Correcting a prohibited transaction is essential to avoid the 100% tax imposed by the Internal Revenue Code (“Code”). The Employee Retirement Income Security Act (ERISA) of 1974 was enacted to ensure that employees and their beneficiaries receive the money promised to them by their employers. One of the provisions of ERISA is the prohibition of certain transactions between retirement plans and social assistance plans, and individuals or entities that have a financial interest in these plans. These transactions are known as “prohibited transactions”.
The only way to legally carry out a prohibited transaction is if it meets a specific legal or other exemption. Exemptions are established because it is believed that the benefit to the participants and beneficiaries of the plan outweighs the risk of damaging the plan, and because appropriate security measures have been incorporated to protect participants and beneficiaries. In order to correct a prohibited transaction, it must be undone as far as possible without putting the plan in a worse financial position than if it had acted under the highest fiduciary standards. The affected party must also take into account any losses resulting from the transaction, and return any profits made through the prohibited use of the asset.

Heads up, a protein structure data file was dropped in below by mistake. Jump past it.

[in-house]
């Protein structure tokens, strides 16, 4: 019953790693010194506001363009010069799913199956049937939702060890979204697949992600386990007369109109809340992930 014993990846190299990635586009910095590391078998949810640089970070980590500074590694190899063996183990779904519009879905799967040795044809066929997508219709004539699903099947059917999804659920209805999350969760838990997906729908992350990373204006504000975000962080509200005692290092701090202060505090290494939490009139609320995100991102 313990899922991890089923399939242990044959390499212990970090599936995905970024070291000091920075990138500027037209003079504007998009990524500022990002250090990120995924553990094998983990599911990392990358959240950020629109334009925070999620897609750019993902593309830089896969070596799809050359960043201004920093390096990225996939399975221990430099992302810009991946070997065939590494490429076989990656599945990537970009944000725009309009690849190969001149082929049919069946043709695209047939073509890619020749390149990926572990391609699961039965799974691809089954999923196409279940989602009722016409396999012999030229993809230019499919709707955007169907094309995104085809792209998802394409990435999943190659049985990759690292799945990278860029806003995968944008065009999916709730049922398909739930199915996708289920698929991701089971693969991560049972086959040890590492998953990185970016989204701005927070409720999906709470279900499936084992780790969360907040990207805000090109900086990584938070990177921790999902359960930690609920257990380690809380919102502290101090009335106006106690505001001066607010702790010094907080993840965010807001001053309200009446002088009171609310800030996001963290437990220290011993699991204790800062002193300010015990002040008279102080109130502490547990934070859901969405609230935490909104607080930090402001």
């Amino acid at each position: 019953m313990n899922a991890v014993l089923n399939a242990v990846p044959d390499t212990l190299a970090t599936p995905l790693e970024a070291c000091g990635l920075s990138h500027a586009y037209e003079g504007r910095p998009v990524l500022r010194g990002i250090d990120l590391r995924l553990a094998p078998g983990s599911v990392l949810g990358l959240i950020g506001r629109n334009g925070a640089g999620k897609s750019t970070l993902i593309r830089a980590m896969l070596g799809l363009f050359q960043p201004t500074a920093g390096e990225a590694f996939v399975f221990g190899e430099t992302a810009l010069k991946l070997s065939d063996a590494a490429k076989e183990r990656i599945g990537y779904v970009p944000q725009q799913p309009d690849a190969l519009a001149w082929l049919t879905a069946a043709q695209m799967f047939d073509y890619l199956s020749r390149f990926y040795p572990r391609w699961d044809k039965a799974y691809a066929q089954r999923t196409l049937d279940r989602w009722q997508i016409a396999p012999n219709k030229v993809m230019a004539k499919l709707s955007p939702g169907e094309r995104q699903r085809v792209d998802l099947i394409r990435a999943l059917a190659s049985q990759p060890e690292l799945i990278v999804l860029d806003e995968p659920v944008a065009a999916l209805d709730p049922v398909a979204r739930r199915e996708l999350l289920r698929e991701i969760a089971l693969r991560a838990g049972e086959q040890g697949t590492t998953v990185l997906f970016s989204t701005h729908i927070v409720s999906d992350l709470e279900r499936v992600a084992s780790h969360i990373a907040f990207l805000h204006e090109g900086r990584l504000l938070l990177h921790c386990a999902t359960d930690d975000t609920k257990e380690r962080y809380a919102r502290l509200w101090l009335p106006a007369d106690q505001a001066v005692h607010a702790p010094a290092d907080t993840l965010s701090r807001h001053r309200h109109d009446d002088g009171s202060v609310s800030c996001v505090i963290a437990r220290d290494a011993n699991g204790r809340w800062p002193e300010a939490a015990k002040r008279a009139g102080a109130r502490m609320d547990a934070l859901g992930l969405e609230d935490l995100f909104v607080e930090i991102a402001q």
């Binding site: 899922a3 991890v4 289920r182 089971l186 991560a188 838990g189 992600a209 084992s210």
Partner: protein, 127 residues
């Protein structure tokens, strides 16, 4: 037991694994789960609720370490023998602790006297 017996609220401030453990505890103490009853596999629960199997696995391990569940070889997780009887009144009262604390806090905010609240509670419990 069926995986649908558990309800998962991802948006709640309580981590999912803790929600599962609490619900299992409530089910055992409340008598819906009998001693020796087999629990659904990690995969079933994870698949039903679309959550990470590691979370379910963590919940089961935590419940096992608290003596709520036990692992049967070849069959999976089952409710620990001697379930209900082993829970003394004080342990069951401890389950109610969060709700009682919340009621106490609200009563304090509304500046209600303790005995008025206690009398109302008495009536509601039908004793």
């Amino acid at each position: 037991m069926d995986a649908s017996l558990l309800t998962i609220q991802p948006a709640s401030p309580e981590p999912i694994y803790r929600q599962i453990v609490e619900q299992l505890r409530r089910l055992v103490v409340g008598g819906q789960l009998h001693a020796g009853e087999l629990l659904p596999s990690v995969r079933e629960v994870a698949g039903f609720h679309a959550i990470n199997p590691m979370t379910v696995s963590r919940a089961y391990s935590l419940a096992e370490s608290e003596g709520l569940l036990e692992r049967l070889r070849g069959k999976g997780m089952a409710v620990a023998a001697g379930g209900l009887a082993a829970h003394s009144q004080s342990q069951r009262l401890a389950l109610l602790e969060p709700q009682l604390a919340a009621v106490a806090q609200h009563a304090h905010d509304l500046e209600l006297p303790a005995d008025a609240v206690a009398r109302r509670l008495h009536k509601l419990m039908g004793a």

The Voluntary Trust Correction Program (VFCP) is an effective way to eliminate prohibited transactions under the Code through a specific class exemption from the Department of Labor (DOL). If a prohibited transaction is corrected by VFCP, it is exempt from the provisions of the Code on prohibited transactions that would otherwise be applicable. However, if VFCP is not followed in its entirety, or if it does not cover the prohibited transaction, then it would still constitute a prohibited transaction, subject to sanctions of the Code. ERISA requires a complete and rapid correction of prohibited transactions.
This means that the plan must be completed and any benefits resulting from the transaction must be disbursed. Being “healed” generally means that all parties will occupy the exact position they would have been in if the prohibited transaction had never occurred. Fortunately, certain transactions are legally exempt from being prohibited transactions, including loans to participants who meet certain requirements. Assuming all relevant requirements are met, a loan between a 401 (k) plan and a plan participant pursuant to that loan program would not constitute a prohibited transaction or require any corrective action.